Australia’s new PM Albanese sworn in, ahead of Quad meet
SYDNEY — Australia’s Labor Party leader, Anthony Albanese, was sworn in as the country’s 31st prime minister on Monday, promising to bring the country together after a fractious election campaign as he vowed to tackle climate change and inequality.
Labor returned to power after nine years in opposition as a wave of unprecedented support for the Greens and climate-focussed independents, mostly women, helped end nearly a decade of rule by the conservative coalition in Saturday’s general election.
“I look forward to leading a government that makes Australians proud, a government that doesn’t seek to divide, that doesn’t seek to have wedges but seeks to bring people together,” Albanese said during his first media briefing after taking charge as the prime minister.
Although votes are still being counted and the makeup of government has yet to be finalised, Albanese was sworn in by Governor-General David Hurley at a ceremony in the national capital, Canberra so he could attend a key meeting of the “Quad” security grouping in Tokyo on Tuesday.
India, the United States, Japan and Australia are members of the Quad, an informal group that Washington has been promoting to work as a potential bulwark against China’s increasing political, commercial and military activity in the Indo-Pacific.
Albanese said the country’s relationship with China would remain “a difficult one” ahead of the summit with U.S. President Joe Biden and the prime ministers of Japan and India.
Deputy Labor leader Richard Marles and three key ministers – Penny Wong in foreign affairs, Jim Chalmers as treasurer and Katy Gallagher in finance – were also sworn in, with Wong to join Albanese on the Quad trip.
Working class card
Labor’s campaign heavily spotlighted Albanese’s working-class credentials – a boy raised in public housing by a single mother on a disability pension – and his image as a pragmatic unifier.
Centre-left Labor still remains four seats short of a majority of 76 in the 151 seat lower house, with about a dozen races too close to call, according to television channels.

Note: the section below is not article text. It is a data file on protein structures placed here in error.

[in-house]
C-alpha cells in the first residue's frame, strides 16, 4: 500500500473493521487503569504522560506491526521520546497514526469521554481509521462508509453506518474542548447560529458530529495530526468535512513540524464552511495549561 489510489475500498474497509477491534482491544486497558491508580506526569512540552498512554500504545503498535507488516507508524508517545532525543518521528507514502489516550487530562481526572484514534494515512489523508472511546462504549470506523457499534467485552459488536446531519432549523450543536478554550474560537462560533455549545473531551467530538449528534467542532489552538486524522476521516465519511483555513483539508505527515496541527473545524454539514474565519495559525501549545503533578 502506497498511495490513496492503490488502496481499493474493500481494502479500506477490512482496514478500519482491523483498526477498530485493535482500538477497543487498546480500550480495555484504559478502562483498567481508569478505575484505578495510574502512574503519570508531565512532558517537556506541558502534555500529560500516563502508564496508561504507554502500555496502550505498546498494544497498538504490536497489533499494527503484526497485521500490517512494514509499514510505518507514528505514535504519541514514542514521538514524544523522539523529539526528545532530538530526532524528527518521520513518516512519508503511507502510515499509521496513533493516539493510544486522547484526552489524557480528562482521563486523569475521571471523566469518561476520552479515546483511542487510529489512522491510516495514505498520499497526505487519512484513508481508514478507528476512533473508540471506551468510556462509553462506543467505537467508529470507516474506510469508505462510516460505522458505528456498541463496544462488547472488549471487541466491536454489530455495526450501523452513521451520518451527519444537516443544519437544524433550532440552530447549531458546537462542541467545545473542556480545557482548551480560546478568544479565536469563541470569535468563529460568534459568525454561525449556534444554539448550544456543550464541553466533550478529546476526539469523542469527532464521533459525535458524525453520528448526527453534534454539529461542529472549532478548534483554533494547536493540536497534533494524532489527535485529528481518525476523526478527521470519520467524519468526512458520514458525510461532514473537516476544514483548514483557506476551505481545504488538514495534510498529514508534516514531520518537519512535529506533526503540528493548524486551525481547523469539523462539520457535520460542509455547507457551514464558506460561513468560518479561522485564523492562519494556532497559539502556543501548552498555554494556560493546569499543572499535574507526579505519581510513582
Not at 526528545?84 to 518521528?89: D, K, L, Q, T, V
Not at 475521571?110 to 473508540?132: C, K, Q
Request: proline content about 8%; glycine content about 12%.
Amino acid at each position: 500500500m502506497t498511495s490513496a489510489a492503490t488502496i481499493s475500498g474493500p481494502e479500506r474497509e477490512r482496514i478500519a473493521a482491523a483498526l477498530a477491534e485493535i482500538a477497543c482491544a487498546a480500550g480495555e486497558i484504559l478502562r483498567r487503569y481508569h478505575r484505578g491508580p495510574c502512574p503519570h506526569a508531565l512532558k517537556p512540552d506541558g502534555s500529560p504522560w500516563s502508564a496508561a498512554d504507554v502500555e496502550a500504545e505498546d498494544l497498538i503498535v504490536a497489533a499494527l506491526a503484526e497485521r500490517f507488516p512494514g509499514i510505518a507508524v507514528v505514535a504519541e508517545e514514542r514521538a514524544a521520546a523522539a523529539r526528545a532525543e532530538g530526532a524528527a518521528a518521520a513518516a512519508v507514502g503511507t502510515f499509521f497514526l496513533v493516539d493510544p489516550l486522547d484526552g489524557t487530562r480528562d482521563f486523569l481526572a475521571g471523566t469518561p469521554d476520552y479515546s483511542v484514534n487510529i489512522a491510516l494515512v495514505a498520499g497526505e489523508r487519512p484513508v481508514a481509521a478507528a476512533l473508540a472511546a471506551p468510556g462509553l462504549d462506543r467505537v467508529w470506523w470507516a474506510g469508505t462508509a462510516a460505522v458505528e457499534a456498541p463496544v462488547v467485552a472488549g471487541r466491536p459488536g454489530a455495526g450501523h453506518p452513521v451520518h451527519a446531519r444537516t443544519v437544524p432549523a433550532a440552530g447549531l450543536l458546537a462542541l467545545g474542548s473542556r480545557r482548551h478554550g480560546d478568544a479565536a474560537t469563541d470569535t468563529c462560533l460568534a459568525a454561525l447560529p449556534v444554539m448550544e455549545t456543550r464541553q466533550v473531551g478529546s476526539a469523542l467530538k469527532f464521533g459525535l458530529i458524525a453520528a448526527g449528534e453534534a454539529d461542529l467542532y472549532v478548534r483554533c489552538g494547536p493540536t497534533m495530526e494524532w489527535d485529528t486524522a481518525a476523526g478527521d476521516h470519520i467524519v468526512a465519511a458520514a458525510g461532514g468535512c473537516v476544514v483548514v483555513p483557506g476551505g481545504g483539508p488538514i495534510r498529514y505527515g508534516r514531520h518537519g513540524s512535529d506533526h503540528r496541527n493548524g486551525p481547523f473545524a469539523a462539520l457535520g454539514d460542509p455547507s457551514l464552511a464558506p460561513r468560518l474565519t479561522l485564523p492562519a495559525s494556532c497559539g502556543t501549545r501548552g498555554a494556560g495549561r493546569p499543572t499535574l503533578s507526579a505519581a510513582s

Independents or Green party looked set to win at least 15 seats, ABC election analysts projected.
So-called “teal independents” campaigning in affluent, Liberal-held seats on a platform of climate, integrity and equality, could hold significant sway.
Monique Ryan, an independent who looked to have unseated outgoing Treasurer Josh Frydenberg, said climate was the most important issue to constituents in her seat.
“We listened to what people wanted, we listened to their values and their desires, and we put together a platform that reflected those.”
Albanese said he hoped Labor would get enough seats to govern on their own but added he had struck deals with some independents in which they would not support no-confidence motions against his government. The swearing-in of the full ministry will happen on June 1, he said.
Official results could be several days away, with the counting of a record 2.7 million postal votes under way.
Australian financial markets offered a muted reaction to the election verdict on Monday, with the outcome already priced in and no radical change in economic course expected.
“Our economic forecasts and call on the (Reserve Bank of Australia) are unchanged despite the change of national leadership,” economists at Commonwealth Bank of Australia said.
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